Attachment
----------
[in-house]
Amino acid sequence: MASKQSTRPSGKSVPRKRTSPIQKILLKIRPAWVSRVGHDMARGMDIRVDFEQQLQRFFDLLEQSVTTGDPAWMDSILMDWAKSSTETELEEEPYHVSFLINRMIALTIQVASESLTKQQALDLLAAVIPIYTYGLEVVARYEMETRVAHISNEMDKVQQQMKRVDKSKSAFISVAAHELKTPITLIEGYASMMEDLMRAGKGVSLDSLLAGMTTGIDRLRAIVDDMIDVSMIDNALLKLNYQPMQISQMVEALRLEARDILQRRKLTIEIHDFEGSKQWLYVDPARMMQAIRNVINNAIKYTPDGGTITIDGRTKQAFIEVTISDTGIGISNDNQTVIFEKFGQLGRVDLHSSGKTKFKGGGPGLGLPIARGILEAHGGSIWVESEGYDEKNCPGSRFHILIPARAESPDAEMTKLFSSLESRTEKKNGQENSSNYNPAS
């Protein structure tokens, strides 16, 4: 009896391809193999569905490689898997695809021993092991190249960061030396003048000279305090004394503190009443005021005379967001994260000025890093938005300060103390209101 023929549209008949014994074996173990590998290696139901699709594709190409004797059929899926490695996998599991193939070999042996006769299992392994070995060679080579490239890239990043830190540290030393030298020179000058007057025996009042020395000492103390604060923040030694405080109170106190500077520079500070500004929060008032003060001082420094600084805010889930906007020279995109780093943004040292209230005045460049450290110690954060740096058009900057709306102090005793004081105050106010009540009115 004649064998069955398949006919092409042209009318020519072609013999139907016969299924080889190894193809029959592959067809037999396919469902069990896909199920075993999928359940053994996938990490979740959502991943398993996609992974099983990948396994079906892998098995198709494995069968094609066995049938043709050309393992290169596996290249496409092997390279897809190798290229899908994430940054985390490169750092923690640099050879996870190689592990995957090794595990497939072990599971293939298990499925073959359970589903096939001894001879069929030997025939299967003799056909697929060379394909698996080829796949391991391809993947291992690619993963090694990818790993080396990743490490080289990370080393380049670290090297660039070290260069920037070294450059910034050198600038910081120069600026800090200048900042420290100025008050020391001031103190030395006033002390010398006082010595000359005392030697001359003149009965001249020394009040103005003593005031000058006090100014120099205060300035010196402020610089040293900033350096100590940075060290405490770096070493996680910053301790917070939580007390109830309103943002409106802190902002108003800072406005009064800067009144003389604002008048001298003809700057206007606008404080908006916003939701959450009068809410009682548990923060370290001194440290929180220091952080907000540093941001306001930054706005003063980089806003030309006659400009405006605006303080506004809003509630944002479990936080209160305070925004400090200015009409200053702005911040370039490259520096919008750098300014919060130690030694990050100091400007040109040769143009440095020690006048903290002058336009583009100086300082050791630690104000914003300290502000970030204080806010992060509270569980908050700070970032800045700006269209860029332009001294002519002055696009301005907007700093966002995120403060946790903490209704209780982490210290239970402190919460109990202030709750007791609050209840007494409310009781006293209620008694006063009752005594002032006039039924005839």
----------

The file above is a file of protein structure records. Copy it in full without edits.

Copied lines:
[in-house]
Amino acid sequence: MASKQSTRPSGKSVPRKRTSPIQKILLKIRPAWVSRVGHDMARGMDIRVDFEQQLQRFFDLLEQSVTTGDPAWMDSILMDWAKSSTETELEEEPYHVSFLINRMIALTIQVASESLTKQQALDLLAAVIPIYTYGLEVVARYEMETRVAHISNEMDKVQQQMKRVDKSKSAFISVAAHELKTPITLIEGYASMMEDLMRAGKGVSLDSLLAGMTTGIDRLRAIVDDMIDVSMIDNALLKLNYQPMQISQMVEALRLEARDILQRRKLTIEIHDFEGSKQWLYVDPARMMQAIRNVINNAIKYTPDGGTITIDGRTKQAFIEVTISDTGIGISNDNQTVIFEKFGQLGRVDLHSSGKTKFKGGGPGLGLPIARGILEAHGGSIWVESEGYDEKNCPGSRFHILIPARAESPDAEMTKLFSSLESRTEKKNGQENSSNYNPAS
């Protein structure tokens, strides 16, 4: 009896391809193999569905490689898997695809021993092991190249960061030396003048000279305090004394503190009443005021005379967001994260000025890093938005300060103390209101 023929549209008949014994074996173990590998290696139901699709594709190409004797059929899926490695996998599991193939070999042996006769299992392994070995060679080579490239890239990043830190540290030393030298020179000058007057025996009042020395000492103390604060923040030694405080109170106190500077520079500070500004929060008032003060001082420094600084805010889930906007020279995109780093943004040292209230005045460049450290110690954060740096058009900057709306102090005793004081105050106010009540009115 004649064998069955398949006919092409042209009318020519072609013999139907016969299924080889190894193809029959592959067809037999396919469902069990896909199920075993999928359940053994996938990490979740959502991943398993996609992974099983990948396994079906892998098995198709494995069968094609066995049938043709050309393992290169596996290249496409092997390279897809190798290229899908994430940054985390490169750092923690640099050879996870190689592990995957090794595990497939072990599971293939298990499925073959359970589903096939001894001879069929030997025939299967003799056909697929060379394909698996080829796949391991391809993947291992690619993963090694990818790993080396990743490490080289990370080393380049670290090297660039070290260069920037070294450059910034050198600038910081120069600026800090200048900042420290100025008050020391001031103190030395006033002390010398006082010595000359005392030697001359003149009965001249020394009040103005003593005031000058006090100014120099205060300035010196402020610089040293900033350096100590940075060290405490770096070493996680910053301790917070939580007390109830309103943002409106802190902002108003800072406005009064800067009144003389604002008048001298003809700057206007606008404080908006916003939701959450009068809410009682548990923060370290001194440290929180220091952080907000540093941001306001930054706005003063980089806003030309006659400009405006605006303080506004809003509630944002479990936080209160305070925004400090200015009409200053702005911040370039490259520096919008750098300014919060130690030694990050100091400007040109040769143009440095020690006048903290002058336009583009100086300082050791630690104000914003300290502000970030204080806010992060509270569980908050700070970032800045700006269209860029332009001294002519002055696009301005907007700093966002995120403060946790903490209704209780982490210290239970402190919460109990202030709750007791609050209840007494409310009781006293209620008694006063009752005594002032006039039924005839």